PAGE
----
Published on September 21st, 2020 | by Daniel Sherman Fernandez0
Bugatti To Be Sold To Rimac
Why Would Volkswagen Group Sell Its ‘Hero’ Brand?
Rumours have been circulating on the world wide web that Bugatti has been acquired by Rimac which is a boutique electric vehicle (EV) hypercar manufacturer from Crotia.
It seems that Rimac management have signed a deal with Bugatti’s parent company Volkswagen Audi Group to completely take over the Molsheim-based hypercar manufacturer.
Volkswagen’s rationale for divesting in the firm that produced the Veyron and Chiron is to free up resources that can be used for development of future technology like electrification and autonomous driving. In the eyes of the VAG group, selling these so-called hobby brands like Bugatti will free up much needed capital that could be better used in other departments.
Based on a scoop by Car Magazine, this deal was reportedly approved last week but has yet to be signed off by the top management at the German automobile conglomerate. Thus it remains to be seen if this deal that has been approved by VW executives last week will survive the scrutiny of the head honchos. Especially because the Piech family still owns 50% of the stake in VW.
It is because of the Piech family connection that complicates the sale of Bugatti to Rimac, as the boutique hypercar manufacturer was the jewel in the crown when Ferdinand Piech was on his buying spree in the turn of the millennium. Not satisfied with snapping up Bentley and Lamborghini, Bugatti was apparently always the Austrian patriarch’s favourite toy in his VAG empire that he controlled till 2015. It was him after all that was the driving force behind the record-smashing Veyron after all.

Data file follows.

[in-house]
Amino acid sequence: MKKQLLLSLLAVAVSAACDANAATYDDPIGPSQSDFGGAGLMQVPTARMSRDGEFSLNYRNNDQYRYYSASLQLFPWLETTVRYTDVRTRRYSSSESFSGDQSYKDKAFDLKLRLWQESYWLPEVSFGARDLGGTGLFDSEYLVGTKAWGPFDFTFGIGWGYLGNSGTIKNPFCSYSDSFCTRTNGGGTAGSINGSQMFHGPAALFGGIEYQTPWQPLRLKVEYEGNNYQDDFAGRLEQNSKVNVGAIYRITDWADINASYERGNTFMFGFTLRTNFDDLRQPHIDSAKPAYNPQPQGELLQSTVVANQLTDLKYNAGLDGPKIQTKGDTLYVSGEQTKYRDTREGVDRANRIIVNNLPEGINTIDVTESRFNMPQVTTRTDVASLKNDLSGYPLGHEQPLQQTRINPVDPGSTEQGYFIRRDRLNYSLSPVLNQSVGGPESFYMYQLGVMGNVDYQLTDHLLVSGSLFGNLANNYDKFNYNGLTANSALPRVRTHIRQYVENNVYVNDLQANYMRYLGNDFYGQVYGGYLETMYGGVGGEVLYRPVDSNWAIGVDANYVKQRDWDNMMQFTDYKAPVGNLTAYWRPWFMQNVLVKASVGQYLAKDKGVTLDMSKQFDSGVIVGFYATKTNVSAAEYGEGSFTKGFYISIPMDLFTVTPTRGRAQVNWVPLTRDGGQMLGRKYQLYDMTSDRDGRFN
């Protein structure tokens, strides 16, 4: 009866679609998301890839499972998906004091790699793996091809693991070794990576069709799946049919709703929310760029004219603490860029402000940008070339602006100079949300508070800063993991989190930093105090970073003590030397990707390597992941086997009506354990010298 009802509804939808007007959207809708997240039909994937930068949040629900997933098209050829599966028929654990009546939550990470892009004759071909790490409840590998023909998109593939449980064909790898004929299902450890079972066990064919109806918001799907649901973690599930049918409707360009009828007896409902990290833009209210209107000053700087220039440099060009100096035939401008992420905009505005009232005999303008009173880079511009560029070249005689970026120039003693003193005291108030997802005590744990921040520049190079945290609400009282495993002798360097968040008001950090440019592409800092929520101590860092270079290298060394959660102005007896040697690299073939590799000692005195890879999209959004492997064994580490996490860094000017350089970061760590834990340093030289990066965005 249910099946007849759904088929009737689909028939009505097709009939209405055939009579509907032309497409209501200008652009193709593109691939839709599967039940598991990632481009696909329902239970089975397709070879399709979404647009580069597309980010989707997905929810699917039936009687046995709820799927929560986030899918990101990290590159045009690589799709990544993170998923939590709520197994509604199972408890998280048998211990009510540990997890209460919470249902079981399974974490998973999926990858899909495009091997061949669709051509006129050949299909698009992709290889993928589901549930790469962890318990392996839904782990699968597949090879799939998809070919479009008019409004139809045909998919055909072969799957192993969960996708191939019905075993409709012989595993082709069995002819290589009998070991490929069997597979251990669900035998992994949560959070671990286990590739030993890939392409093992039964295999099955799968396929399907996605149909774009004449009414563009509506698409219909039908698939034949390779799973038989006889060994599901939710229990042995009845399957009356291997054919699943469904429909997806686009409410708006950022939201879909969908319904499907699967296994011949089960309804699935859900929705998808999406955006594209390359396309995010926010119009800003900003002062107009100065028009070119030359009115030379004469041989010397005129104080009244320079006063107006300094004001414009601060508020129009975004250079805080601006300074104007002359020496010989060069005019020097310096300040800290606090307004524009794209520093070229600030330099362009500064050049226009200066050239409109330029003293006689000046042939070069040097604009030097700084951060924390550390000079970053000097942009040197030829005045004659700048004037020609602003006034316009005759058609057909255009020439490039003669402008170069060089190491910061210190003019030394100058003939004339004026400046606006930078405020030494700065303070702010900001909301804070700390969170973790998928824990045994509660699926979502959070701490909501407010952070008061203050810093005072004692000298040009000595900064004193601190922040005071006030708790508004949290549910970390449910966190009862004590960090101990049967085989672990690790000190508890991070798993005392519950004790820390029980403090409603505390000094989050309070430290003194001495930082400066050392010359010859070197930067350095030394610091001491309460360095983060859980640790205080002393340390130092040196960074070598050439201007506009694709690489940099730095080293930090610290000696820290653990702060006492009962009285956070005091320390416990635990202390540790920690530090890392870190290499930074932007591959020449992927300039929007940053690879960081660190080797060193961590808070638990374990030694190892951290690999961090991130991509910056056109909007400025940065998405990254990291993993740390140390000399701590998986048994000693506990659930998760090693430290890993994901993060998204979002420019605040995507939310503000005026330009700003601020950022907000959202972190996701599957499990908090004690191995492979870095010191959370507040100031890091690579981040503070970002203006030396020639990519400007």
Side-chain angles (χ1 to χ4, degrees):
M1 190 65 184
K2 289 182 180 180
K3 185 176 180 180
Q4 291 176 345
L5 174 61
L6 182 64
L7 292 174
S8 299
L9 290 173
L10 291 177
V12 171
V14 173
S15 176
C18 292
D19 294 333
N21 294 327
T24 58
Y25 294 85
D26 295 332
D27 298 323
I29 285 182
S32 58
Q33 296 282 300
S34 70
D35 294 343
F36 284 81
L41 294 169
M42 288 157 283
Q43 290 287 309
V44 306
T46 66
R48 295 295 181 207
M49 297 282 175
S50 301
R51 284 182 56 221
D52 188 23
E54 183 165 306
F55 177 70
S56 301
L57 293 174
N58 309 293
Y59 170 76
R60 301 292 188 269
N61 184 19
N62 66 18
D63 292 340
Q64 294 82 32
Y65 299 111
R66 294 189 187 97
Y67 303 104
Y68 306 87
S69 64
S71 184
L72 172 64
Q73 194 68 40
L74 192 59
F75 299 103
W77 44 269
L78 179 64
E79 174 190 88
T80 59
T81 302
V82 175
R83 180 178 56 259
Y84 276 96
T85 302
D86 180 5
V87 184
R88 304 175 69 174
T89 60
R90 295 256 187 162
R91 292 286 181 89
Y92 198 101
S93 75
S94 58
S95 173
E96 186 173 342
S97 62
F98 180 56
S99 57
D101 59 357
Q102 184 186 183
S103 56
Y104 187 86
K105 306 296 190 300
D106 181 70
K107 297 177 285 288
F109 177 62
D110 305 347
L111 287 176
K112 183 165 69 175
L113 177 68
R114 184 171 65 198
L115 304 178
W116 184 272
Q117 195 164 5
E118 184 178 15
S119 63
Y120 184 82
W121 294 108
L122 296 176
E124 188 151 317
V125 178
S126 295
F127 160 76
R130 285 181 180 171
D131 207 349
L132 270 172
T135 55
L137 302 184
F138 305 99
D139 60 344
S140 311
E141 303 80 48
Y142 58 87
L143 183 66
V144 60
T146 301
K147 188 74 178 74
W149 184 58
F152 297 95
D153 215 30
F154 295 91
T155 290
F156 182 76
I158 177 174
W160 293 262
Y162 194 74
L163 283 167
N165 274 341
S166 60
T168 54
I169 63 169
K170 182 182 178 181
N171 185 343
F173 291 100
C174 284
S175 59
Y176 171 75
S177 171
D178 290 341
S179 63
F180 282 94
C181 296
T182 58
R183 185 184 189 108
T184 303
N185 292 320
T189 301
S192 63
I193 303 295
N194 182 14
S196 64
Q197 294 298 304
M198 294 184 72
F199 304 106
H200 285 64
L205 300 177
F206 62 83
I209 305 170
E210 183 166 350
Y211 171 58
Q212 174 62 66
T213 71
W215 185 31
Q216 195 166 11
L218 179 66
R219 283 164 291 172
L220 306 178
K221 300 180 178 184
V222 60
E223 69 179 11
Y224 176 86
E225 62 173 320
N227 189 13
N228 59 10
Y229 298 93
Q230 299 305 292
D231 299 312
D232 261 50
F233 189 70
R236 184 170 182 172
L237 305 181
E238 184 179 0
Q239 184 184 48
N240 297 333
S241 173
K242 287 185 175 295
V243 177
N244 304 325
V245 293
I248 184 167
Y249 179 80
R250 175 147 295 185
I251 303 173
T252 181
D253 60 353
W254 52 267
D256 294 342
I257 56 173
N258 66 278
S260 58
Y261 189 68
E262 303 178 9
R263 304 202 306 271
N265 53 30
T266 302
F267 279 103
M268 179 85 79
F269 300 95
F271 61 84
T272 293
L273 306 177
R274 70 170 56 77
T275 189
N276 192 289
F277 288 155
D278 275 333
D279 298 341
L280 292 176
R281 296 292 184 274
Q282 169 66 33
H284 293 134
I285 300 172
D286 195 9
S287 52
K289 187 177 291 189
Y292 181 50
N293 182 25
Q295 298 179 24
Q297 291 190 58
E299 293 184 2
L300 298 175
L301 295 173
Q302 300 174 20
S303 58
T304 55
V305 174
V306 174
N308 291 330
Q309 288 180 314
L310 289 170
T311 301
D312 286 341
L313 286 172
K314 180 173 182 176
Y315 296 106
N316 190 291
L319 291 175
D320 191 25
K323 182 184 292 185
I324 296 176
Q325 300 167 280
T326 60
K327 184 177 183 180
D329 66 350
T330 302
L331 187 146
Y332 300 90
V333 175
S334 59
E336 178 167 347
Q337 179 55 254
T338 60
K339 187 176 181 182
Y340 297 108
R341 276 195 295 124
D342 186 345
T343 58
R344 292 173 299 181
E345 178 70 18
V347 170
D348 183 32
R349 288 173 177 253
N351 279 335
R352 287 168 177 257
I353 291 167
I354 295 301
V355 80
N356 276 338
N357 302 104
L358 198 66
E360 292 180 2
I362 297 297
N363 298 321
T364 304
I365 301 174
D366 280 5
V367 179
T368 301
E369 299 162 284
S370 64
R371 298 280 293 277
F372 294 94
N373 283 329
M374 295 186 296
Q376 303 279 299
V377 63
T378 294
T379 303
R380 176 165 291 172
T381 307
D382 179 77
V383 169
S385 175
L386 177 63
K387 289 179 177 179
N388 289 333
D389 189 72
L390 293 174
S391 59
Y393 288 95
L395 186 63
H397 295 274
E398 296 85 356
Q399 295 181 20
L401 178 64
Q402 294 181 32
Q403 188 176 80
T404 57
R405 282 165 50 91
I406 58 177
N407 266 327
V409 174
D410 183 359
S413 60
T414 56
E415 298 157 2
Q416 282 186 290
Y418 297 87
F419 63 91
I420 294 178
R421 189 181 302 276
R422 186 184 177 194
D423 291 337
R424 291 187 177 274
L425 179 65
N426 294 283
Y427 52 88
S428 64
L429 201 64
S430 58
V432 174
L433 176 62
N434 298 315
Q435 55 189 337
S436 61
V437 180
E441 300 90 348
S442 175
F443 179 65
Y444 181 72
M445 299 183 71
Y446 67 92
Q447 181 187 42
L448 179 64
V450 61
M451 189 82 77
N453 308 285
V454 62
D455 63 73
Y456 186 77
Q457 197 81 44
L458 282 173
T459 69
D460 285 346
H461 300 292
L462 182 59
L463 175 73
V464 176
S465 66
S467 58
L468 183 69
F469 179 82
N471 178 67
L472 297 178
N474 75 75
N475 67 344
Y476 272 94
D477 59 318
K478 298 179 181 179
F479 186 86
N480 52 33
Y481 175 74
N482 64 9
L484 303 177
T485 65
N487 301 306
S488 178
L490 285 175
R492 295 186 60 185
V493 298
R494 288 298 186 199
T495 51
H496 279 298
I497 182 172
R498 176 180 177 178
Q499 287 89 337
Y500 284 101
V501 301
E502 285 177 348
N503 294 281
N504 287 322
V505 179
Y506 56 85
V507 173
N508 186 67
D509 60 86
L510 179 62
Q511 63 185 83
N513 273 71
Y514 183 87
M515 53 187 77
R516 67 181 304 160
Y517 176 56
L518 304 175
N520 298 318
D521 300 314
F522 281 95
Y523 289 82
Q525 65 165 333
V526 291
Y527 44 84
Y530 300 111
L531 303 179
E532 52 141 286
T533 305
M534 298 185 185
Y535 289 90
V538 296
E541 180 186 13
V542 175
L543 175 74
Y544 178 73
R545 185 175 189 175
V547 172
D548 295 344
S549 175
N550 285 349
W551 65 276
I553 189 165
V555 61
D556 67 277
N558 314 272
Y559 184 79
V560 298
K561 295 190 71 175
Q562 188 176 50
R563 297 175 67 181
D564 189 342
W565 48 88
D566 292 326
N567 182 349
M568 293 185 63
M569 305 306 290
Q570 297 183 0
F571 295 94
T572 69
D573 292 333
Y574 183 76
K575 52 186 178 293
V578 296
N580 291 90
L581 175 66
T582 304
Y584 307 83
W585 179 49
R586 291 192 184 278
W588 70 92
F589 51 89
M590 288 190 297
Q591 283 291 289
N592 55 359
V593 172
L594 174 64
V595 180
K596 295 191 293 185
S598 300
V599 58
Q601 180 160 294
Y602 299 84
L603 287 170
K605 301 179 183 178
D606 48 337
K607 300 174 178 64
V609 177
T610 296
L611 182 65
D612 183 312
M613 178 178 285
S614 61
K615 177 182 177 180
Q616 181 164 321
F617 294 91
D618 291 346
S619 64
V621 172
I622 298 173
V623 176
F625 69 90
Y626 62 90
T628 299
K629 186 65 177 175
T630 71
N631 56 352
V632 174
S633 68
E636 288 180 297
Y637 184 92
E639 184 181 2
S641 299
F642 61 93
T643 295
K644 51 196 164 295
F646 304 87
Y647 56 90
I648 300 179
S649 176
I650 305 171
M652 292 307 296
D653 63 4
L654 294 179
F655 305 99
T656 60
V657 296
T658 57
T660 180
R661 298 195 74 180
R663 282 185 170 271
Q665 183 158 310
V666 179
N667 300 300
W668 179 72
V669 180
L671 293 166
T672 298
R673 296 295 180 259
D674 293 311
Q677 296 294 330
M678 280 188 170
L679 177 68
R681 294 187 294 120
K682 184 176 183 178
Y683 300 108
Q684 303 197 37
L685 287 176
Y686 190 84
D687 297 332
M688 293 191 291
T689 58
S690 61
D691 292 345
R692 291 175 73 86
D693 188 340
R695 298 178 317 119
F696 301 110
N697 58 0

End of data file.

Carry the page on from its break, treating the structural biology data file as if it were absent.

That said though, the deal does have a higher chance than usual of passing the Piech test. This is because it is alleged that as part of the deal for Rimac acquiring Bugatti, Porsche in turn will acquire a larger stake in the EV firm. Possibly increasing its already sizeable stake in the company from its current 15.5% to 49%. It will be a hard task seeing as Rimac is already heavily invested by other car companies. Hyundai, Jaguar, Koenigsegg and Magna to name a few, but if anyone can pull this feat off it will be the might of VAG.
The idea of Porsche owning this large chunk of a pioneering EV firm may sweeten the deal enough for Bugatti to be let go from the clutches of VAG. It is also worth noting that in a roundabout way that this deal is apparently conducted, Bugatti will still be within the wider orbit of VAG. Just that now it is just one more step removed.
Looking at this deal with the future in mind, it is probably right for Rimac to take over Bugatti. As much as petrolheads would not want to see it, it is an almost certain fact that if the next Bugatti will want to continue smashing records and be allowed on the road in a world with increasingly tight emissions regulations, electrification is the only way to do. And with Rimac’s expertise in electric drivetrain and power supply development, this acquisition seems like the right path for both boutique hypercar manufacturers.
In addition to that, if the deal is as alleged, Porsche (and in extension the wider VAG empire) having more access to Rimac through the increased stake will surely benefit the conglomerates electrification development efforts.
Thus far, there has been no official word yet on when this deal will be finalised from either party. Rest assured though that when this deal does go through, it will have massive implications on the whole auto industry. Watch this space.
Bugatti, which sold 82 vehicles last year, has long been viewed as a prime example of VW’s engineering extravagance. In 1998, it was revived under former Chairman Ferdinand Piech after the brand had largely faded from existence in the 1950s. Because of high development costs and low volumes, the 16-cylinder Veyron — Bugatti’s first model under VW control — was considered one of the biggest money losers in the auto industry. VW doesn’t break out financials for the brand.
Bugatti has recently pursued efforts to potentially survive outside the German auto group and head off the risk of being phased out once again. Since the 2015 diesel-cheating scandal, VW has been taking a closer look at its portfolio, with a particular focus on the expensive luxury-car brands amid the growing burden of investing in electric mobility and self-driving technology.
Research and Text by Joshua Chin